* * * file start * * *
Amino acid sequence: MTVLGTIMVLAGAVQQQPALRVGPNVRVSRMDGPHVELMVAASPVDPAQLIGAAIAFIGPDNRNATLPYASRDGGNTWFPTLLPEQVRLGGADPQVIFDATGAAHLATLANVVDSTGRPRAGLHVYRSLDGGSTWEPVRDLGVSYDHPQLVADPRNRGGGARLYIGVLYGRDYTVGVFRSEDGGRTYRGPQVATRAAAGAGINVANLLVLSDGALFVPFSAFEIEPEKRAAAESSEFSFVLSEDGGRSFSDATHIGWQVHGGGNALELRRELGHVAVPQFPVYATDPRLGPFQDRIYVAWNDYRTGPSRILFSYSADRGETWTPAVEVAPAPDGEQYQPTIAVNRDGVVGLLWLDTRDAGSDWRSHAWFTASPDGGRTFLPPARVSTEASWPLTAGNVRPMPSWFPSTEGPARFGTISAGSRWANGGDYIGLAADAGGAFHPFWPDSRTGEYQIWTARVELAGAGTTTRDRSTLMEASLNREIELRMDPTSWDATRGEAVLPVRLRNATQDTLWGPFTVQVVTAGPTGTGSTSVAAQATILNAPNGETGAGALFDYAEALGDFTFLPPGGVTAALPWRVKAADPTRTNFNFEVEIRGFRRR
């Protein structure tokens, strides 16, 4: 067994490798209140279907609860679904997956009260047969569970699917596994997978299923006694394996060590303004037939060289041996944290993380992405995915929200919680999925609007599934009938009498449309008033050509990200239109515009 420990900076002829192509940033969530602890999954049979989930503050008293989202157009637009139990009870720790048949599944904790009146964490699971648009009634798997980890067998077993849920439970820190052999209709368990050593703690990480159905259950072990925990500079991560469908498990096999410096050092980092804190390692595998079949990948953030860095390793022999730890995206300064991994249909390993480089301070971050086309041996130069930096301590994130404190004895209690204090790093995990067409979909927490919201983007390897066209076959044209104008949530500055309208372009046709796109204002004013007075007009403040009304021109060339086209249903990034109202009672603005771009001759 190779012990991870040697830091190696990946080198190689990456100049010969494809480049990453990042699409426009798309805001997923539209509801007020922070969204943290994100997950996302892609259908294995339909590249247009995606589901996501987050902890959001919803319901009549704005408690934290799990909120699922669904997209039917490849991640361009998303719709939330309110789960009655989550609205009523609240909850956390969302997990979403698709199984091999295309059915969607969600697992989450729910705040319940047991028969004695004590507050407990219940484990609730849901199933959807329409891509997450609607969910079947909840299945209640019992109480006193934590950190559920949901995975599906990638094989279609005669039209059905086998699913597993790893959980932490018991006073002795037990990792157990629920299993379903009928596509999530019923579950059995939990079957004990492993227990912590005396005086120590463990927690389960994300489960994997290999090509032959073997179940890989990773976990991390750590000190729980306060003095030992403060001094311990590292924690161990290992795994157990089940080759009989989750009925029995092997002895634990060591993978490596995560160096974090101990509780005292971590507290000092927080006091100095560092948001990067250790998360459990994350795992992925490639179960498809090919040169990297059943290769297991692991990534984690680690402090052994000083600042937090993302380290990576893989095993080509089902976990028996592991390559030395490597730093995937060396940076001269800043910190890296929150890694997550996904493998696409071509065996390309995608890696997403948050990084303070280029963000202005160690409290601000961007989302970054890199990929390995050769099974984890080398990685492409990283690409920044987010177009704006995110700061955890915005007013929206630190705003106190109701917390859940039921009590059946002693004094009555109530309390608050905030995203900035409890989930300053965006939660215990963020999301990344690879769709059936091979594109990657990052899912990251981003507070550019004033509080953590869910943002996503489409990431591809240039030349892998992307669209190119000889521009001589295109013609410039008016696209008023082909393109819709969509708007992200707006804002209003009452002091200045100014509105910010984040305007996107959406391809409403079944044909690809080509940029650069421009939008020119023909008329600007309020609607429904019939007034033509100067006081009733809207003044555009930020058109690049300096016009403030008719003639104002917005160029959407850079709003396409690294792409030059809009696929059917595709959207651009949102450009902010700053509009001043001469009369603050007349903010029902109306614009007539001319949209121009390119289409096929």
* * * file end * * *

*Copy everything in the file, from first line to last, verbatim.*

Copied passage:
Amino acid sequence: MTVLGTIMVLAGAVQQQPALRVGPNVRVSRMDGPHVELMVAASPVDPAQLIGAAIAFIGPDNRNATLPYASRDGGNTWFPTLLPEQVRLGGADPQVIFDATGAAHLATLANVVDSTGRPRAGLHVYRSLDGGSTWEPVRDLGVSYDHPQLVADPRNRGGGARLYIGVLYGRDYTVGVFRSEDGGRTYRGPQVATRAAAGAGINVANLLVLSDGALFVPFSAFEIEPEKRAAAESSEFSFVLSEDGGRSFSDATHIGWQVHGGGNALELRRELGHVAVPQFPVYATDPRLGPFQDRIYVAWNDYRTGPSRILFSYSADRGETWTPAVEVAPAPDGEQYQPTIAVNRDGVVGLLWLDTRDAGSDWRSHAWFTASPDGGRTFLPPARVSTEASWPLTAGNVRPMPSWFPSTEGPARFGTISAGSRWANGGDYIGLAADAGGAFHPFWPDSRTGEYQIWTARVELAGAGTTTRDRSTLMEASLNREIELRMDPTSWDATRGEAVLPVRLRNATQDTLWGPFTVQVVTAGPTGTGSTSVAAQATILNAPNGETGAGALFDYAEALGDFTFLPPGGVTAALPWRVKAADPTRTNFNFEVEIRGFRRR
């Protein structure tokens, strides 16, 4: 067994490798209140279907609860679904997956009260047969569970699917596994997978299923006694394996060590303004037939060289041996944290993380992405995915929200919680999925609007599934009938009498449309008033050509990200239109515009 420990900076002829192509940033969530602890999954049979989930503050008293989202157009637009139990009870720790048949599944904790009146964490699971648009009634798997980890067998077993849920439970820190052999209709368990050593703690990480159905259950072990925990500079991560469908498990096999410096050092980092804190390692595998079949990948953030860095390793022999730890995206300064991994249909390993480089301070971050086309041996130069930096301590994130404190004895209690204090790093995990067409979909927490919201983007390897066209076959044209104008949530500055309208372009046709796109204002004013007075007009403040009304021109060339086209249903990034109202009672603005771009001759 190779012990991870040697830091190696990946080198190689990456100049010969494809480049990453990042699409426009798309805001997923539209509801007020922070969204943290994100997950996302892609259908294995339909590249247009995606589901996501987050902890959001919803319901009549704005408690934290799990909120699922669904997209039917490849991640361009998303719709939330309110789960009655989550609205009523609240909850956390969302997990979403698709199984091999295309059915969607969600697992989450729910705040319940047991028969004695004590507050407990219940484990609730849901199933959807329409891509997450609607969910079947909840299945209640019992109480006193934590950190559920949901995975599906990638094989279609005669039209059905086998699913597993790893959980932490018991006073002795037990990792157990629920299993379903009928596509999530019923579950059995939990079957004990492993227990912590005396005086120590463990927690389960994300489960994997290999090509032959073997179940890989990773976990991390750590000190729980306060003095030992403060001094311990590292924690161990290992795994157990089940080759009989989750009925029995092997002895634990060591993978490596995560160096974090101990509780005292971590507290000092927080006091100095560092948001990067250790998360459990994350795992992925490639179960498809090919040169990297059943290769297991692991990534984690680690402090052994000083600042937090993302380290990576893989095993080509089902976990028996592991390559030395490597730093995937060396940076001269800043910190890296929150890694997550996904493998696409071509065996390309995608890696997403948050990084303070280029963000202005160690409290601000961007989302970054890199990929390995050769099974984890080398990685492409990283690409920044987010177009704006995110700061955890915005007013929206630190705003106190109701917390859940039921009590059946002693004094009555109530309390608050905030995203900035409890989930300053965006939660215990963020999301990344690879769709059936091979594109990657990052899912990251981003507070550019004033509080953590869910943002996503489409990431591809240039030349892998992307669209190119000889521009001589295109013609410039008016696209008023082909393109819709969509708007992200707006804002209003009452002091200045100014509105910010984040305007996107959406391809409403079944044909690809080509940029650069421009939008020119023909008329600007309020609607429904019939007034033509100067006081009733809207003044555009930020058109690049300096016009403030008719003639104002917005160029959407850079709003396409690294792409030059809009696929059917595709959207651009949102450009902010700053509009001043001469009369603050007349903010029902109306614009007539001319949209121009390119289409096929």